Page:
Some aloes have medicinal properties, but the juices of three Kenyan aloes (A. ballyi, A. elata and A. ruspoliana), adeniums and the sap of euphorbias are highly toxic. Many succulents are also rather prickly. This should not discourage gardeners, however: it just means that some succulents need handling with a bit of care.
New members are very welcome.
The 2019/2020 subscription is KSh1,000/- per person.
Membership application forms can be downloaded or obtained via the Succulenta email address below.
Members of Succulenta must also be members of Nature Kenya. For ease of reference the Succulenta membership application form includes Nature Kenya’s membership rates for individuals, while their website shows rates for other forms of membership.
Subscriptions for both Succulenta and Nature Kenya should be paid to Nature Kenya using one of the options below. Please be sure to inform Nature Kenya how to allocate the amount upon payment.
- M-pesa; >Lipa na M-PESA >Pay bill >Business number: enter 100300 >Account: Put your name (or Nature Kenya membership number if already a member) >Amount;
Cash; at Nature Kenya offices located at the Nairobi National Museum;
Cheque; payable to Nature Kenya and post to P. O Box 44486-00100 Nairobi.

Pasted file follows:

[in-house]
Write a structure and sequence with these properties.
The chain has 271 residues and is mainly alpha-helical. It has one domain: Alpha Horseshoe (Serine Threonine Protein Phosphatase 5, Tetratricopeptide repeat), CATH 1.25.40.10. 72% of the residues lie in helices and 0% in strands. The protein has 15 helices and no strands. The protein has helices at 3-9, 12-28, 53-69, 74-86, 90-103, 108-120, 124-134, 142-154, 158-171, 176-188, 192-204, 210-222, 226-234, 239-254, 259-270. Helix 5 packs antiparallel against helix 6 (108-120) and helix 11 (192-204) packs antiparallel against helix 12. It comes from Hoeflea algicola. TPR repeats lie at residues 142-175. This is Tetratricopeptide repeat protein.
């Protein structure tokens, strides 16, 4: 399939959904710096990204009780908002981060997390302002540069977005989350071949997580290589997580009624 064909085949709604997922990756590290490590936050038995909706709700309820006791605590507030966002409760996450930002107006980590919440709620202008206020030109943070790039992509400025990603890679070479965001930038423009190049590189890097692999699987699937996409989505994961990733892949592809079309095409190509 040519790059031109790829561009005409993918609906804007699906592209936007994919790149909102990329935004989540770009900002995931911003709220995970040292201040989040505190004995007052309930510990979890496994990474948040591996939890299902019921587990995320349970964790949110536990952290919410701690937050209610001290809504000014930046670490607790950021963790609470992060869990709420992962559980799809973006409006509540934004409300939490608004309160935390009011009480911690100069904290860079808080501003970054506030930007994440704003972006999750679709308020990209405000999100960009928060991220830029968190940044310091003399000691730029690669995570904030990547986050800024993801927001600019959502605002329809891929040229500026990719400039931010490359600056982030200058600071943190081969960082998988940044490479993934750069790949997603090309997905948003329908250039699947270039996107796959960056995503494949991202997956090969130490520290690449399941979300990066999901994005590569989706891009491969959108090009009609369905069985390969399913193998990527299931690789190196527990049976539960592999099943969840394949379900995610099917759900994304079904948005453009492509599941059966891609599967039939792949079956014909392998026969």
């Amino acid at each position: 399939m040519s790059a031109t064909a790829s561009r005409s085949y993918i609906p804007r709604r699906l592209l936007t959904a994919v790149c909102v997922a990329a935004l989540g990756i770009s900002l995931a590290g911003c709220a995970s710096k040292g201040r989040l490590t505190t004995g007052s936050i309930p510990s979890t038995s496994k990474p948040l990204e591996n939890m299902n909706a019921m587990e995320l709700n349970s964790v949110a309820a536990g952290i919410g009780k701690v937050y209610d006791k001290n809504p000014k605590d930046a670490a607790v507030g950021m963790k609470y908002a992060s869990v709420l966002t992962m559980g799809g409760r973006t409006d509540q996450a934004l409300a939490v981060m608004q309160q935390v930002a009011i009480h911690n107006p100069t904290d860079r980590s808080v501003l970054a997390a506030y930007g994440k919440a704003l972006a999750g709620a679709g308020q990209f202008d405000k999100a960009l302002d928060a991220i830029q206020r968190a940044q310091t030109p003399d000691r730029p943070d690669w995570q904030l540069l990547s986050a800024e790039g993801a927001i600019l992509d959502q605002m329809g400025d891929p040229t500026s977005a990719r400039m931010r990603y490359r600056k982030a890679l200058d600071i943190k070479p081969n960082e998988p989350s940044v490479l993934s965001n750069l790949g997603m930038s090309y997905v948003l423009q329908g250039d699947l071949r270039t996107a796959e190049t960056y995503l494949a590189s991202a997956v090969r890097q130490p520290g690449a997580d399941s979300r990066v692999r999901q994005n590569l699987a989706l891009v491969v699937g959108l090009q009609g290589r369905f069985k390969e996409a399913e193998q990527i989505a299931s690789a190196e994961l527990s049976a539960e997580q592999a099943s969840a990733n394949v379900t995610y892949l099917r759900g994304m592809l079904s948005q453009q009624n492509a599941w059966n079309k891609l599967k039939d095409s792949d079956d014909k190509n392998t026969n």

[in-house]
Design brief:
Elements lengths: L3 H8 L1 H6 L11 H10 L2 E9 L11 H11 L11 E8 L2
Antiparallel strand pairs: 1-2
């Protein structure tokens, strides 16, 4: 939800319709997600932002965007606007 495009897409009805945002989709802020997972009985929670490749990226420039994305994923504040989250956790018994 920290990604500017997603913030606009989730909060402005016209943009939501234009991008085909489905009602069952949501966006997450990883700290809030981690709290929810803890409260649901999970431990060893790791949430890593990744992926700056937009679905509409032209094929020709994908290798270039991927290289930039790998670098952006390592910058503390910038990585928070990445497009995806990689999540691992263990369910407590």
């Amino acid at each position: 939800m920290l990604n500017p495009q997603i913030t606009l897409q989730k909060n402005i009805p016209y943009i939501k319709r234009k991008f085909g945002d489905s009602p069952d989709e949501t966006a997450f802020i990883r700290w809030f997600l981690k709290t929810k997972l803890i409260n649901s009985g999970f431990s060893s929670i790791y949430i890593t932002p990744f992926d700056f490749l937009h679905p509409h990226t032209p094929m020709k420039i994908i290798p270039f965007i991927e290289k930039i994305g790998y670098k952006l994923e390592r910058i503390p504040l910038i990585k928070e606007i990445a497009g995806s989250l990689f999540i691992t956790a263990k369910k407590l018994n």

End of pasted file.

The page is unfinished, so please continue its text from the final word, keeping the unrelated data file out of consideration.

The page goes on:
Succulenta publications are available in print as individual booklets as listed below. Two DVDs are also available: one includes the full set of the bulletin “Ballya” and the second the full set of Professor Leonard Newton’s booklets. All these may be bought from the Nature Kenya membership office at the National Museum or may be sent by post after payment for the items ordered plus packaging and postage costs (see payment options above).
1. Five volumes of “Ballya”, with 3 issues per annum from 1993 to 1998, in all 17 booklets including the index to their collective contents. “Ballya” contains detailed and technical botanical articles and others of more general interest: all are fascinating and the collection is a mine of information. Each booklet costs KShs50/-. Stocks of some are very low.
2. Booklets written by Professor Len Newton, an authority on succulent plants and a co-author of “Aloes, the Definitive Guide”. The cost is KShs200/- per booklet listed below:
A check-list of Kenyan Succulent Plants
• Taxonomy Without (too many) Tears
• The History of Succulent Plants in Kenya
• The Pollination of East African Succulent Plants
• An ABC for Succulent Plant Enthusiasts
• Uses of Succulent Plants in East Africa.
The most recent booklet “Conservation of Kenyan Succulent Plants” published in 2018 costs Ksh800/- per copy.
The “Ballya” DVD costs KSh600/- and the “Booklets” DVD KSh1,500/-.
A printed booklet “Peter Bally and his Succulent Plant Legacy”, also by Professor Len Newton, may be obtained direct from Succulenta EA or at Succulenta meetings for KSh200/-.
3. Newsletters are issued quarterly and recent issues may be downloaded free.
Payment for items ordered online may be made to Nature Kenya as described above.
Plant sales are arranged periodically by members in conjunction with KHS, the Kenya Horticultural Society. Dates and locations will be posted on the website and in Newsletters prior to the events.
Succulent plants may also be bought at good plant nurseries and at some roadside sellers.